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Janett Amaro: Helping police catch the bad guys
After graduating from university, Janett Amaro began studying psychology and her plan was to become a police psychologist. From what I gather, police psychologists teach police officers, amongst other things, various crime prevention techniques. Although Janett’s life took a different course, it’s amazing how things have come full circle and today, she is helping our community through her involvement in Crimestoppers. “This is a non-profit, community based crime solving program that works in conjunction with the media, the public and the police to help make the community a safer place to live,” she said.
Janett was born in Uruguay, a country in the south-eastern part of South America and although it is one of the most economically developed countries in that continent; it is still relatively poor when you compare their standard of living to ours. When Janett was just three years old, her parents decided to immigrate to Sydney, Australia which is where she lived until the age of 19. After settling in the Land Down Under, she did learn English but spoke Spanish and Italian at home, languages that she speaks even today.
As a youngster, Janett’s life revolved around gymnastics. “This was something that I loved and I began getting involved with the sport the year after we arrived in Australia and I did it up until I was 15,” she enthused.
She headed for university to study psychology but then decided that she needed to expand her horizons and instead, applied for a working VISA and headed to Canada. “My aunt and uncle were living in Surrey so I came here and stayed. My family is still back in Australia and I do miss it but when I visit, I realize that my life is here. I’ve lived here all of my adult life so this is now home,” she smiled.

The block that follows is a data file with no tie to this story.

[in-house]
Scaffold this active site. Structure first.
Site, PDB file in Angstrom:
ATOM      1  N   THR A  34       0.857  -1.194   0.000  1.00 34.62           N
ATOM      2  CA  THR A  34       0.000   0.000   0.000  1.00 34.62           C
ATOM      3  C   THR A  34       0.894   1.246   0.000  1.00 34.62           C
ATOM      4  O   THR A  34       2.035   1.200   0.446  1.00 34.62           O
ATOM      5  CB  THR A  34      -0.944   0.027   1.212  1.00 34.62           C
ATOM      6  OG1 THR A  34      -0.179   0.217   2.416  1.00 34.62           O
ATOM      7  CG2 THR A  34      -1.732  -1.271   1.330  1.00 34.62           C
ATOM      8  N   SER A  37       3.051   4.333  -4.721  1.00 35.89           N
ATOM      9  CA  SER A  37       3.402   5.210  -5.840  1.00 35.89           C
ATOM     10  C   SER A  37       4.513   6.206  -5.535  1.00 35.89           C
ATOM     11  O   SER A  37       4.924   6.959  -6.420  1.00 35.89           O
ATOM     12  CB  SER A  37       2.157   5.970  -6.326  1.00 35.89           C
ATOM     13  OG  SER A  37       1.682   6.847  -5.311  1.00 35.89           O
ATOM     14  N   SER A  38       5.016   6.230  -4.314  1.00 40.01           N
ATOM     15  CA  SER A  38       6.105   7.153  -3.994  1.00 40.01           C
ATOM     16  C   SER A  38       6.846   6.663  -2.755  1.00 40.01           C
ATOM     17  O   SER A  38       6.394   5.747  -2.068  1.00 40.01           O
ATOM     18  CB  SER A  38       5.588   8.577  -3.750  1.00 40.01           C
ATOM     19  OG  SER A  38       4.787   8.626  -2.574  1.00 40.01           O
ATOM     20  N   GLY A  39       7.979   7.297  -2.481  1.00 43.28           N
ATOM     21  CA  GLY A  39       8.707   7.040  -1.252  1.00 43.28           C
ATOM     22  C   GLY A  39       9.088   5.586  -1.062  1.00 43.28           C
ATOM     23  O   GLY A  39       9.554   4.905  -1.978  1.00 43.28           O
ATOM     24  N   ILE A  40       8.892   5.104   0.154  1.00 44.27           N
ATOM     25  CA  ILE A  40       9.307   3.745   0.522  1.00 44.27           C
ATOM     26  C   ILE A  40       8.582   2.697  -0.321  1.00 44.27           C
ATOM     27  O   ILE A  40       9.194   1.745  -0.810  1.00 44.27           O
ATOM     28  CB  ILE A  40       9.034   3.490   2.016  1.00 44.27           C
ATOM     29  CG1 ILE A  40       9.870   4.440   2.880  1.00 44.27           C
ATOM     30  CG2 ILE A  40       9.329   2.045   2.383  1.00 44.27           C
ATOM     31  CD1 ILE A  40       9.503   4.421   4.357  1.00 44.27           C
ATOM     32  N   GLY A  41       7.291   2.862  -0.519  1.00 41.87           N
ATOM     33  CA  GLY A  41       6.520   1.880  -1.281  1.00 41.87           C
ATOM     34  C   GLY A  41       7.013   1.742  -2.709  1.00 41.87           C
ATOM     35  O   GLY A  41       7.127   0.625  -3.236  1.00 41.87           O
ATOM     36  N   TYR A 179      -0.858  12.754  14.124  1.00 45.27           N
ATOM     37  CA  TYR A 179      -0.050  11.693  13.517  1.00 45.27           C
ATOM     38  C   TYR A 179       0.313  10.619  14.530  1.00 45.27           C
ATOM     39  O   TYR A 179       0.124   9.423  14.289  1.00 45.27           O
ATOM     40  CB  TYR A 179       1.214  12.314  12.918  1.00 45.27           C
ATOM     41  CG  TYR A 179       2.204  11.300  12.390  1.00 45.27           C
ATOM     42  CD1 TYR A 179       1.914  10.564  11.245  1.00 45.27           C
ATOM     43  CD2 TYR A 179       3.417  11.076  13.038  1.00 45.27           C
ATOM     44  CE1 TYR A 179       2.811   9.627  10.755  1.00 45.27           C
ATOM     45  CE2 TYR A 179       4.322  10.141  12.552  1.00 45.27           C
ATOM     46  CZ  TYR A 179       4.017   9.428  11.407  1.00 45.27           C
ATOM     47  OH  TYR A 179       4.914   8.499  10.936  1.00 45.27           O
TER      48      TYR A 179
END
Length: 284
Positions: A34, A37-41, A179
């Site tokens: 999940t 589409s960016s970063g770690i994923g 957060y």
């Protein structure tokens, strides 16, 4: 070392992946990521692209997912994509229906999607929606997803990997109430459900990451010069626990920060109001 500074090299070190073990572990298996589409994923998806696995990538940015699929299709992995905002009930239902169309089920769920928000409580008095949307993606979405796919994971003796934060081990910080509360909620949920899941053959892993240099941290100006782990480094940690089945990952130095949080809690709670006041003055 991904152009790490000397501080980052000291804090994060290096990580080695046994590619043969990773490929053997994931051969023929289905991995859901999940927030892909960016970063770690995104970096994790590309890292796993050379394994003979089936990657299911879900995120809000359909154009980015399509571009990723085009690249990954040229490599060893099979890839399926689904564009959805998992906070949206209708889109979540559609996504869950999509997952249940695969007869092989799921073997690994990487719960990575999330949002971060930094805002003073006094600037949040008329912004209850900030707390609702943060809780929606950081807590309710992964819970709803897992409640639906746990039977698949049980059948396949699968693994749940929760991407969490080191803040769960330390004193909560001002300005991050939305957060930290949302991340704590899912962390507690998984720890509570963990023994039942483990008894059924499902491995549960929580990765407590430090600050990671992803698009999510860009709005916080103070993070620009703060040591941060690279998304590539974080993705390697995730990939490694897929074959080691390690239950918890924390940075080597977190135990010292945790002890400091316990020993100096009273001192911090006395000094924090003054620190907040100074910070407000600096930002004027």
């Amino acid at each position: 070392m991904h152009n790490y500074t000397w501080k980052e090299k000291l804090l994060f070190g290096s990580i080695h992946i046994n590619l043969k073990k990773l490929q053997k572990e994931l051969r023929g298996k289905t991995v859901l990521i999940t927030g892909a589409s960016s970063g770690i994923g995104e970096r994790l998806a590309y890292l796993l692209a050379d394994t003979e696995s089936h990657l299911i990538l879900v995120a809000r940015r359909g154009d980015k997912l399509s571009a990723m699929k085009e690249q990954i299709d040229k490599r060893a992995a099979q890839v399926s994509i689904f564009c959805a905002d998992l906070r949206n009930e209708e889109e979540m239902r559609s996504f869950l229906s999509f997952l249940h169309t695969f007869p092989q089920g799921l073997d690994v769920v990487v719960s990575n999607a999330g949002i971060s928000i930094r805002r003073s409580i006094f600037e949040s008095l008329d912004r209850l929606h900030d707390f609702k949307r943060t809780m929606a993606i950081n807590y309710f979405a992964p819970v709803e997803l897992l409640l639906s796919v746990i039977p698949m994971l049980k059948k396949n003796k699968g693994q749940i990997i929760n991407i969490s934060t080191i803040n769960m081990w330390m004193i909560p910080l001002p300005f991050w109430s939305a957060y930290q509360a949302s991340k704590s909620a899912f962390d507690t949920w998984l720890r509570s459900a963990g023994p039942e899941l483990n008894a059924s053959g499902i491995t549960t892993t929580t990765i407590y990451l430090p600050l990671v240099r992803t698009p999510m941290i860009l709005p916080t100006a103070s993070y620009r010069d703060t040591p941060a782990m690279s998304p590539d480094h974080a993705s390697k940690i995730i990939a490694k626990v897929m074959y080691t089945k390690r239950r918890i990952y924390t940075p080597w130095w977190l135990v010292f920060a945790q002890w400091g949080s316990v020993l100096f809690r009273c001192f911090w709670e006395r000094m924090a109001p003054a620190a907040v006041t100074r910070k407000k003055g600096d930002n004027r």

After arriving in Canada, Janett began working as a dental assistant part-time while the other half of her time was dedicated to working at an ad agency. “This is where I met my husband and we have three wonderful sons,” she said.
After her youngest son was born, she decided to become a stay-at-home mom but by the time that her little guy entered kindergarten, Janett was ready to head back out into the workforce. “My husband’s aunt was working at community policing at the time and she told me about a part-time job that was posted for the Crimestoppers coordinator position. I applied and got the job and have been there now for the last four years,” she said passionately.
The local Crime-stoppers program encompasses Chilliwack, Harrison, Agassiz, Hope, Yale and Boston Bar and has been operating since 1991. The program is not funded by any form of government or the police so they are always looking for public support. “This program is marvellous because it allows us to take back our community. I have a real passion for helping our children and awareness is a huge thing. You can contact Crimestoppers at any time and any information about crime can be submitted to us with the guarantee that no one will ever know who you are because the identity of people giving tips to Crimestoppers has been protected by the Supreme Court of Canada. We also don’t subscribe to call display or call tracing and you will never be asked to reveal your name. Instead, you are provided with a confidential code number that is used for all future communications. This is important and can be a useful tool in stopping bullying and drugs in the schools. I am absolutely passionate about getting this program into the schools and my goal is to have an in-school Crimestoppers program,” she methodically explained. In short, the program never knows you by name, only by a number and they pay rewards for information that proves valuable to an investigation. They work with the RCMP but are separate from them. You can always contact them at 1-800-222-TIPS (8477).
Life is super busy for Janett who is both articulate and well-versed in her field. With three sons at home and a career turned passion, there’s little time to spare. However, she does find time to enjoy boating, with her family, during the summer while snowboarding in the winter. “I do snowboard but not too often. I wasn’t particularly built for the cold,” she laughed.